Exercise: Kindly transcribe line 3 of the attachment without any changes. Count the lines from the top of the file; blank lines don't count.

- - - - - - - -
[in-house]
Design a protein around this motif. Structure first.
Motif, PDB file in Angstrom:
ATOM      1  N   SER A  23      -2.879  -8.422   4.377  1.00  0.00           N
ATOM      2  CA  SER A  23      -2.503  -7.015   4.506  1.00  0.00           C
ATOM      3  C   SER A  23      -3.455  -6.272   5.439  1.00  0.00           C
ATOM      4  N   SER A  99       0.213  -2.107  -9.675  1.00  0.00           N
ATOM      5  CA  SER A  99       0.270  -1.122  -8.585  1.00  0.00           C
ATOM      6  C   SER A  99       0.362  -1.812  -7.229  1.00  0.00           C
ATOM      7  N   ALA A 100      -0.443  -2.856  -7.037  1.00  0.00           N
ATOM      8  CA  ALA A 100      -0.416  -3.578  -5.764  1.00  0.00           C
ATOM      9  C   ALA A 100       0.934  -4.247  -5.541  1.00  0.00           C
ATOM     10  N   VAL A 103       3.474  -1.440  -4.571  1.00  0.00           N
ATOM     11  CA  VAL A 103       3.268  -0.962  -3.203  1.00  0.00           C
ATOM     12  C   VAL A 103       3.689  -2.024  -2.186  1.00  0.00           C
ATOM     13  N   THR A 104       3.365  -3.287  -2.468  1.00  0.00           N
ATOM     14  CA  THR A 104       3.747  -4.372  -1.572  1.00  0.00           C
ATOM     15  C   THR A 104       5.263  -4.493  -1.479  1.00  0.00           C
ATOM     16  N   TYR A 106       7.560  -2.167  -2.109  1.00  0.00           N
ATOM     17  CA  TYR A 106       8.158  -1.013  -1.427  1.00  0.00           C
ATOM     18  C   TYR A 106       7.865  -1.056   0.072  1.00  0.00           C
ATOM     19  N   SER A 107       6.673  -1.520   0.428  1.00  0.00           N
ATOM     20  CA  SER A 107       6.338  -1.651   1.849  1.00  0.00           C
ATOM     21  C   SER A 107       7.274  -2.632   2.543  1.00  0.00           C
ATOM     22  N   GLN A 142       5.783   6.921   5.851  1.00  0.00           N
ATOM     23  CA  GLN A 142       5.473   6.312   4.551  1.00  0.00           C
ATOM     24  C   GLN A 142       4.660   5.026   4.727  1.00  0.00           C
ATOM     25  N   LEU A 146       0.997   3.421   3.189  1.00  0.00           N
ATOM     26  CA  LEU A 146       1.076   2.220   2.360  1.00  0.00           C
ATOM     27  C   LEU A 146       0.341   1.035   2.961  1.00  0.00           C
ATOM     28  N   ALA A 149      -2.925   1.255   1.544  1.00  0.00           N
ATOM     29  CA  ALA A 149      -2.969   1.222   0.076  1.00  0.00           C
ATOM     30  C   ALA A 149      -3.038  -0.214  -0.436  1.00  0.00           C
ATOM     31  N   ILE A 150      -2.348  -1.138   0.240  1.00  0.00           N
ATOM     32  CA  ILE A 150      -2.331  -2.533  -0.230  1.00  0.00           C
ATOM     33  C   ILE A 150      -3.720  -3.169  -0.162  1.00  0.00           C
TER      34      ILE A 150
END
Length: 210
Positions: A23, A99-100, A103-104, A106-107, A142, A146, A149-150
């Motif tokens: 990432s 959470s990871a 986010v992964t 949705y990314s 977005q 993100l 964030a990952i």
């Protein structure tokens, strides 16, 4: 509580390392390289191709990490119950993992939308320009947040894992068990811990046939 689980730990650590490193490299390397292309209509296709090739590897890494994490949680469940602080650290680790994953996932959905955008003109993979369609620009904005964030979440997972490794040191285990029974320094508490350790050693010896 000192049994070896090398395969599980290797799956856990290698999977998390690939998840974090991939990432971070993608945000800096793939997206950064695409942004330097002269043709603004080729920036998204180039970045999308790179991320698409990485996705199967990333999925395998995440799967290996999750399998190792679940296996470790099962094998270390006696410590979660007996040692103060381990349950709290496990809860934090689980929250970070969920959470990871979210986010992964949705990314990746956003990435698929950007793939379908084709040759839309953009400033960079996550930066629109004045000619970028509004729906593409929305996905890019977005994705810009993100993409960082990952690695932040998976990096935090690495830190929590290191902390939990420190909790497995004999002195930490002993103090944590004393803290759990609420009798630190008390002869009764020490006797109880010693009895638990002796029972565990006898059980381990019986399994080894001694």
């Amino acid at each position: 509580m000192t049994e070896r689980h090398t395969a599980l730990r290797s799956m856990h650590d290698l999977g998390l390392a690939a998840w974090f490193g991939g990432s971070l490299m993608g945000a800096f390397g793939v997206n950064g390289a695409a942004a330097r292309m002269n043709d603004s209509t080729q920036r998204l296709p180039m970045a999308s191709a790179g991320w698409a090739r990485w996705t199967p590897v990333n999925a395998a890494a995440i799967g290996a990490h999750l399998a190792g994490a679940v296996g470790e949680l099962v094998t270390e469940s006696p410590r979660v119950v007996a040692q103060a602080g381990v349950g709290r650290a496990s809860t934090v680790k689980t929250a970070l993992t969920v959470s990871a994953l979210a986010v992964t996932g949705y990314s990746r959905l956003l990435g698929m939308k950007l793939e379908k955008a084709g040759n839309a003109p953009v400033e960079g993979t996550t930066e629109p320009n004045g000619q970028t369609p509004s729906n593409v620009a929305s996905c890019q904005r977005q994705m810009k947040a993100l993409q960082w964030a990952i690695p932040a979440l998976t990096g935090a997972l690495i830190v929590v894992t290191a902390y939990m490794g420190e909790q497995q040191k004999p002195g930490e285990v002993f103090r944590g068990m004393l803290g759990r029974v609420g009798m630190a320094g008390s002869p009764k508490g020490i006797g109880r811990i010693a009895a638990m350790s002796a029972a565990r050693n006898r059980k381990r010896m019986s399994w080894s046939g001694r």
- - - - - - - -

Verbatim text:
Motif, PDB file in Angstrom: